I propped myself up on an elbow as the announcer read the news: The Supreme Court ruled, 6-3, against Nixon. The government’s unprecedented move to stop the presses had failed. The Court agreed with two lower courts that the attempt to impose prior restraint on the press was unconstitutional. The ruling turned out to be more complex than at first glance, but it was an unequivocal call for Constitutional constraint on an out-of-control control executive. The Court challenged the executive’s misuse of “national security” as a mantra to undermine the Bill of Rights and accrue quasi-dictatorial powers. Writing for the majority, Justice Hugo Black boldly took on Nixon’s nonsense: “To find that the President has ‘inherent power’ to halt the publication of news by resort to the courts would wipe out the First Amendment and destroy the fundamental liberty and security of the very people the Government hopes to make ‘secure.’

US Supreme Court Rejects Case On Native American Sovereignty

Rapid City, South Dakota - In a devastating blow to the Self-Determination of all Native American Indian Tribes in the United States, the Supreme Court denied the Petition in the case, Gilbert v. Weahke. In doing so, the Justices also violated Article VI of the U.S. Constitution, the Indian Self-Determination Act, the Lanham Act, the Transfer Act, and the Abstention Doctrine. The case began when a federal agency, the Indian Health Service (IHS), gave an Indian Self-Determination Act multi-million dollar contract to a South Dakota non-profit corporation to manage the Sioux San IHS Hospital in Rapid City, SD. As the South Dakota non-profit corporation was not a Tribal Organization under the jurisdiction of any tribe and without federal recognition, this was a violation of Public Law 93-638, the Indian Self-Determination and Education Assistance Act (ISDEAA).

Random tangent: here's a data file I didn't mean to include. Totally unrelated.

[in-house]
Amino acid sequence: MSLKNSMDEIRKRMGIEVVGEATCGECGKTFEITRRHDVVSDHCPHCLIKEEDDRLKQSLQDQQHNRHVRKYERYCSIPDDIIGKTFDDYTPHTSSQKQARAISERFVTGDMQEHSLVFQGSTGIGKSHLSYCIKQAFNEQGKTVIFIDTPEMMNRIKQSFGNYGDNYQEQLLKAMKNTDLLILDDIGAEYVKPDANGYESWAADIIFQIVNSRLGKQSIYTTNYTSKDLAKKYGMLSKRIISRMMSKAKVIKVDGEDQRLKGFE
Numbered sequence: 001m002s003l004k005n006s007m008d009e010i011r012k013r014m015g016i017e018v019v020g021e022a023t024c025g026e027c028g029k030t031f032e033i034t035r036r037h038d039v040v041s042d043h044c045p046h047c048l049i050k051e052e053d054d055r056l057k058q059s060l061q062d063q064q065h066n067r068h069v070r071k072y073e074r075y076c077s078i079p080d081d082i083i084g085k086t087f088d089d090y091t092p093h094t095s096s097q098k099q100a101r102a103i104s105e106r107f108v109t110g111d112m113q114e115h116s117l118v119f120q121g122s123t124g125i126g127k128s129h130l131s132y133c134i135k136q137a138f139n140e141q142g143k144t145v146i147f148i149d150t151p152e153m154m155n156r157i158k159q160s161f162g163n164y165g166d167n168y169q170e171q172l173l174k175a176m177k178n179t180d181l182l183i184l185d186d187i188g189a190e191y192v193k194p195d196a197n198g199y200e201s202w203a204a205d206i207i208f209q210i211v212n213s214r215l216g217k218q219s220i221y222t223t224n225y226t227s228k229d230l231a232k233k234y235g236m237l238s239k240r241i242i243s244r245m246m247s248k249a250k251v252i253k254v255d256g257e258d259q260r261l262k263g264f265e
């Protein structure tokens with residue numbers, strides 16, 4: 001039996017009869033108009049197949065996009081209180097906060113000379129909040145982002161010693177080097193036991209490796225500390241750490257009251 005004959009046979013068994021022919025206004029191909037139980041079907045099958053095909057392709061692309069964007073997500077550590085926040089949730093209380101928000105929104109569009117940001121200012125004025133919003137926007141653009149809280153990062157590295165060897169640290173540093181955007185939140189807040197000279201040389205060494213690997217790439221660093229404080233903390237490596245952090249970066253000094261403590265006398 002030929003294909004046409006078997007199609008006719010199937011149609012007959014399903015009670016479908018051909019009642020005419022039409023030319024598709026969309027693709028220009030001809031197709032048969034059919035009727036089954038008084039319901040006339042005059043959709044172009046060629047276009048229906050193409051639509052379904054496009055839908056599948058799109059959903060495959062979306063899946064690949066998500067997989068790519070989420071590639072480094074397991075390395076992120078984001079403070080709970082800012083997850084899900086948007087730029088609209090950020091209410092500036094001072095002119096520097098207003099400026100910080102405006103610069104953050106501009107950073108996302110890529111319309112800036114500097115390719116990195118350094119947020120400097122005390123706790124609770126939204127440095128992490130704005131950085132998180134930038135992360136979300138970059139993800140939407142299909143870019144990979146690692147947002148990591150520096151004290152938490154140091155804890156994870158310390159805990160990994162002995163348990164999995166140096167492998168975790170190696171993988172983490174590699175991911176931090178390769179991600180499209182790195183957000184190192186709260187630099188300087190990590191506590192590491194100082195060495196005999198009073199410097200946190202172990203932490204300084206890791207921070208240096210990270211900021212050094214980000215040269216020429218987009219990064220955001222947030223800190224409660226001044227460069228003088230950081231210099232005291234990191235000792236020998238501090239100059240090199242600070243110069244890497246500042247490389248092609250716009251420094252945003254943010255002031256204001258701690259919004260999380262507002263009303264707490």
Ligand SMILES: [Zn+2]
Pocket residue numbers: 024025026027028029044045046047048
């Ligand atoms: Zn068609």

Supreme Court Case On Farmworker Protections Could Harm All Regulation

The legacy of Cesar Chavez has been getting another look in recent months. In January, President Joe Biden placed a bust of the 20th-century labor leader in the Oval Office, giving journalists the opportunity to reexamine how Chavez fought for farmworkers, while commentators on social media noted that Chavez’s treatment of undocumented immigrants, at certain points during his life, complicates his image as a tireless champion of migrant laborers. But a sinister reexamination of Chavez’s legacy is also happening. A California labor regulation that resulted from his campaigning is under threat from the Supreme Court at the urging of dark money-funded right-wing think tanks.